Asia Institute Tasmania

Public Lecture | Be the Change You Want to See in the World


Professor Craig Jeffrey, Director, Australia India Institute

Start Date

23rd Mar 2016 5:30pm

End Date

23rd Mar 2016 7:00pm

"Be the Change You Want to See in the World": 
 Youth Social Action in India

Over the past ten years there has been a remarkable rise in the number of social movements in which young people try to 'prefigure' the world that they want to exist: so-called 'prefigurative politics'. In addition, at the ground level, the idea of "being the change you want to see in the world" and using this to try to change aspects of society, is quite ubiquitous. This talk will examine the nature and effectiveness of such prefigurative action drawing on long-term ethnographic fieldwork among youth in north India. We argue that young people's efforts to "be the change" in the fields of education, health, infrastructural development, and environmental change are having important effects on the north Indian social landscape. Professor Jeffrey will ask the audience to reflect on instances in which they think that 'being the change' has been effective or ineffective with a view to opening up a wide ranging discussion of youth and prefigurative action.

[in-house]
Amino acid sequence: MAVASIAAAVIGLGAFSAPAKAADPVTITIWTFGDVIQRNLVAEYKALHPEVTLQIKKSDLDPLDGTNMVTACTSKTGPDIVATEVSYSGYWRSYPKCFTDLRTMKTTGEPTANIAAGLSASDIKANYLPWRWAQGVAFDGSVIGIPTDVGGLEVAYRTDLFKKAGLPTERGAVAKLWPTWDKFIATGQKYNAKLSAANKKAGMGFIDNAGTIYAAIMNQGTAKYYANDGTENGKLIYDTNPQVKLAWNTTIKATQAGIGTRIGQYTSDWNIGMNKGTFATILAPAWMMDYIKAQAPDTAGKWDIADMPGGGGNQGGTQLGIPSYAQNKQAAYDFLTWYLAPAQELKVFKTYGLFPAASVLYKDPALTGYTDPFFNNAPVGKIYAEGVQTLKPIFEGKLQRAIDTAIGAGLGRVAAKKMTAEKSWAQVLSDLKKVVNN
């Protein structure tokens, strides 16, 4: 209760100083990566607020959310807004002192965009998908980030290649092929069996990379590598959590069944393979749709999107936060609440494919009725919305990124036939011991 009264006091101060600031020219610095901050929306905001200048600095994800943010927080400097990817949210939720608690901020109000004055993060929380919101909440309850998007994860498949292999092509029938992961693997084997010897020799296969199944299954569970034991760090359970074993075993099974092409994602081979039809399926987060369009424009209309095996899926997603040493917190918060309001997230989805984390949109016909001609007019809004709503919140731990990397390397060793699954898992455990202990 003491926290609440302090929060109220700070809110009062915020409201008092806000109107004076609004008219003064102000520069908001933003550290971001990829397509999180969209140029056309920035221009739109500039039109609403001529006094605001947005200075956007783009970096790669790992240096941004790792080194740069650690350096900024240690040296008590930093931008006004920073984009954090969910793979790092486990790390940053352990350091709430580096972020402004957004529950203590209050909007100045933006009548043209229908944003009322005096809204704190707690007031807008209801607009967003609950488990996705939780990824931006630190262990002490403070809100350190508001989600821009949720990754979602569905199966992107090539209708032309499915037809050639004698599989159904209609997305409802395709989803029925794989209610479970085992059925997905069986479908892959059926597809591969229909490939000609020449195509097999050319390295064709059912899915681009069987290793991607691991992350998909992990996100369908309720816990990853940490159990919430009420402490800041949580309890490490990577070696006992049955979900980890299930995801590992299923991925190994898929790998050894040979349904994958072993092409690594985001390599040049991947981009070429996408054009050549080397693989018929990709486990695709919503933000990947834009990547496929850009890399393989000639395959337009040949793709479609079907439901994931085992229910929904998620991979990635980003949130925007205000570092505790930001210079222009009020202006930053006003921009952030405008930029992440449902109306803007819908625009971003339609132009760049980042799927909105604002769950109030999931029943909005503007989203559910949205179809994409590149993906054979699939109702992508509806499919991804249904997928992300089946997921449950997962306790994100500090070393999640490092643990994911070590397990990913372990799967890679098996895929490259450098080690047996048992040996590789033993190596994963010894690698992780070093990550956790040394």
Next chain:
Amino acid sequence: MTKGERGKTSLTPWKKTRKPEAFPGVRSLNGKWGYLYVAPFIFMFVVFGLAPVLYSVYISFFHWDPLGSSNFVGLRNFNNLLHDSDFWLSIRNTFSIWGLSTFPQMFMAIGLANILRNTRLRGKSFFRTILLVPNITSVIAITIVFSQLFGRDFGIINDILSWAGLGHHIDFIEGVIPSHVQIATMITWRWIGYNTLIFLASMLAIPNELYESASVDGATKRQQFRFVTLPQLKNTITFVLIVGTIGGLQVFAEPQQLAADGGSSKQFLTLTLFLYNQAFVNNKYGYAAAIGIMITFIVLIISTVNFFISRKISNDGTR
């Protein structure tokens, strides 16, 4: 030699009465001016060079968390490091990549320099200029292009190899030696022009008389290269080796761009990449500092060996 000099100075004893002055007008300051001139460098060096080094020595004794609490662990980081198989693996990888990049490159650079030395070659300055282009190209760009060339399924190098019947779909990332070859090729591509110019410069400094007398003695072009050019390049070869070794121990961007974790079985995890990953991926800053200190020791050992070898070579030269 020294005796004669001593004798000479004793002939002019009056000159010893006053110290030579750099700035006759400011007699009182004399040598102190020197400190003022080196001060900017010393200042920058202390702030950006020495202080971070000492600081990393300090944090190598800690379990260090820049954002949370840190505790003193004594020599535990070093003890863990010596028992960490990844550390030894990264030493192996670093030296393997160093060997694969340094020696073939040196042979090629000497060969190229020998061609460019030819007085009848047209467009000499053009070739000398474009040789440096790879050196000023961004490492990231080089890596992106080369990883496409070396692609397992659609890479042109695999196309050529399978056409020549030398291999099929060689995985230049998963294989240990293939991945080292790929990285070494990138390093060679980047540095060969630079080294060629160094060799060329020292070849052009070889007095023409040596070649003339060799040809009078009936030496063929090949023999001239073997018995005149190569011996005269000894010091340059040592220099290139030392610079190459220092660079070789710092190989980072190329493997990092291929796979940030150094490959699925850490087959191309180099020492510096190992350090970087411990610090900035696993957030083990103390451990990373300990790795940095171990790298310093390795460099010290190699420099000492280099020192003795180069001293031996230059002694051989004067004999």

Professor Craig Jeffrey is Director of the Australia India Institute and former Professor of Development Geography at the University of Oxford and Official Fellow of St. John's College. He is a leading authority on South Asian youth and also writes on Indian democracy, educational transformation, globalization, and the 'social revolution' that he sees occuring across India in the Twenty-First Century.

Craig has spent a total of five years since 1995 conducting anthropological fieldwork in western Uttar Pradesh and Uttarakhand. He is author of numerous journal articles as well as six books, including Timepass: Youth, Class and the Politics of Waiting in India (Stanford University Press, 2010) and Keywords for Modern India (with John Harriss; Oxford University Press, 2014). Oxford University Press have recently commissioned Craig Jeffrey to write A Very Short Introduction to Modern India, part of its prestigious Very Short Introduction series.

Professor Jeffrey is currently leading a large project funded by the Economic and Social Research Council on educated unemployed youth in South Asia. Craig Jeffrey was recently elected a Fellow of the Academy of Social Sciences and, in addition to his academic work, is a regular contributor to BBC Radio 4, Times Literary Supplement, and The Guardian.

Craig's partner, Jane Dyson, has made a film about their work in India:

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